Hum published in 1813 a volume of 370 hymns, which were afterwards increased to 420. There is little in them which Hum deserves to be saved from oblivion; but one at least, “ There is a river deep and broad, ” may bear comparison with the best of those which have been produced upon the same, and it is rather a favourite, theme. The Psalms and Hymns of James Montgomery were published in 1822 and 1825, though written earlier., More cultivated Mmm and artistic than Kelly, he is less simple and natural. ome,7, His “ Hail to the L0rd's Anornted, ” “ Songs of praise the angels sang” and “ Mercy alone can meet my case ” are among his most successful efforts. During this period, the collections of miscellaneous hymns for congregational use, of which the example was set by the Wesleys, Whitfield, Toplady and Lady Huntingdon, had greatly multiplied; and with them the practice 32222, (for which, indeed, too many precedents existed in hymns. the history of Latin and German hymnody) of every collector altering the compositions of other men without scruple, to suit his own doctrine or taste; with the effect, too generally, of patching and disfiguring, spoiling and emasculating the works so altered, substituting neutral tints for natural colouring, and a dead for a living sense. In the Church of England the use of these collections had become frequent in churches and Chapels, principally in cities and towns, where the sentiments of the clergy approximated to those of the Nonconformists. In rural parishes, when the clergy were not of the “ Evangelical ” school, they were generally held in disfavour; for which, even if doctrinal prepossessions had not entered into the question, the great want of taste and judgment often manifested in their compilation, and perhaps also the prevailing mediocrity of the bulk of the original compositions from which most of them were derived, would be enough to account. In addition to this, the idea that no hymns ought to be used in any services of the Church of England, except prose anthems after the third collect, without express royal or ecclesiastical authority, continued down to that time largely to prevail among high churchmen. Two publications, which appeared almost simultaneously in 1827-Bishop Heber's Hymns, with a few added by Dean Milman, and John Keble's Christian Year (notahymn- book, but one from which several admirable hymns I, :, '::':, ';n have been taken, and the well-spring of many streams K¢b;e of thought and feeling by which good hymns have since been produced)-introduced a new epoch, breaking down the barrier as to hymnody which had till then existed between the different theological schools of the Church of England. In this movement Richard Mant, bishop of Down, M t was also one of the first to co-operate. It soon received an a great additional impulse from the increased attention which, about the same time, began to be paid to ancient hymnody, and from the publication in 1833 of Bunsen's Gesangbnch. Among its earliest fruits was the Lyra apostoliea, containing hymns, sonnets and other devotional poems, most of them originally contributed by some of the leading authors of the Tracts for the Times to the British M agazine; the finest of which is the pathetic “ Lead, kindly Light, amid th' encircling gloom, ” by Cardinal Newman-Well known, and universally admired. From that time hymns and hymn- Newman writers rapidly multiplied in the Church of England, ° and in Scotland also. Nearly 600 authors whose publications were later than 1827 are enumerated in Sedgwick's catalogue of 1863, and about half a million hymns are now in existence. Works, critical and historical, upon the subject of hymns, have also multiplied; and collections for church use have become innumerable-several of the various religious denominations, and many of the leading ecclesiastical and religious societies, having issued hymn-books of their own, in addition to those compiled for particular dioceses, churches and chapels, and to books (like Hymns Ancient and Modern, published 1861, supplemented 1889, revised edition, 1905) which have become popular without any sanction from authority. To mention all the authors of good hymns since the commencement of this new epoch would be impossible; but probably no names could be chosen more fairly representative of its characteristic merits, and perhaps also of some of 'its defects, than those of Josiah Conder and James Edmeston among English Nonconformists; Henry Francis Lyte and Charlotte Elliott among evangelicals in the Church of England; John Mason Neale and Christopher Wordsworth, bishop of Lincoln, among English churchmen of the higher school; Arthur Penrhyn Stanley, Edward H. Plumptre, Frances Ridley Havergal; and in Scotland, Dr Horatius Bonar, Dr Norman Macleod and Dr George Matheson. American hymn-writers belong to the same schools, and have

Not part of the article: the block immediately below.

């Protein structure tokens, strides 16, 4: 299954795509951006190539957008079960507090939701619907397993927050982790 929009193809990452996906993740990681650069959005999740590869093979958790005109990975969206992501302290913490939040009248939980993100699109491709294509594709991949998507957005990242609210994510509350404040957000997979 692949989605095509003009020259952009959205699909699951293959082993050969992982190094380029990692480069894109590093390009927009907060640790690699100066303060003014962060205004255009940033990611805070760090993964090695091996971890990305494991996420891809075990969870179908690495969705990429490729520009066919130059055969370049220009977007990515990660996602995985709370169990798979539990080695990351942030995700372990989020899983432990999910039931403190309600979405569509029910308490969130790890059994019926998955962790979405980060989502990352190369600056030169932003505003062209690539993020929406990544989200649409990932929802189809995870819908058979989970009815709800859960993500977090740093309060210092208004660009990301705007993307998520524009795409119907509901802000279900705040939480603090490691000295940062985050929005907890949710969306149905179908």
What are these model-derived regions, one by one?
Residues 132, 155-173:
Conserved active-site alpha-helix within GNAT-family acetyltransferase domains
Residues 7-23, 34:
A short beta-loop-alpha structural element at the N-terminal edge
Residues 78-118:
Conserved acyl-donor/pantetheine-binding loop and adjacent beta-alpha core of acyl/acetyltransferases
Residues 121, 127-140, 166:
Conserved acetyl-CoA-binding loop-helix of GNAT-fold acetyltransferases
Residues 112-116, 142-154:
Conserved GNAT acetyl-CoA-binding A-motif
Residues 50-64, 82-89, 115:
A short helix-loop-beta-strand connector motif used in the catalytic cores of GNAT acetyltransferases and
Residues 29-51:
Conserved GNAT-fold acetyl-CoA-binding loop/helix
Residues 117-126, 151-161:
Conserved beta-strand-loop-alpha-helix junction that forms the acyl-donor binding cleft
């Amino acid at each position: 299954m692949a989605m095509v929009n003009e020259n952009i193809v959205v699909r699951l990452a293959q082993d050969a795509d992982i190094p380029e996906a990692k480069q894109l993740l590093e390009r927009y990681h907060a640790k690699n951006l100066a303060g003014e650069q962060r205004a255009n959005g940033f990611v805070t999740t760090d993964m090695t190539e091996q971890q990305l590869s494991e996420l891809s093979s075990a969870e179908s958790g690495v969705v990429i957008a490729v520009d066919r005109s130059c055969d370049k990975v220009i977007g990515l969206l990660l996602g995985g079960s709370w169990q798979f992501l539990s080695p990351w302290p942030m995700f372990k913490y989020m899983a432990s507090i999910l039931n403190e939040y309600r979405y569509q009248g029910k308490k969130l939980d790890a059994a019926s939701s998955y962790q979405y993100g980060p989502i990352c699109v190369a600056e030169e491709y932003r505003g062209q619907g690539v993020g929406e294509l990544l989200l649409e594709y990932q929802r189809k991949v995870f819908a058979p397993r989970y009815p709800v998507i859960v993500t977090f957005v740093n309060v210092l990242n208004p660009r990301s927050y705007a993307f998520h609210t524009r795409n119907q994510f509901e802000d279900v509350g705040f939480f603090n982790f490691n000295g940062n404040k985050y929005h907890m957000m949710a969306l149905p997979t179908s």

been affected bv the same influences. Some of them have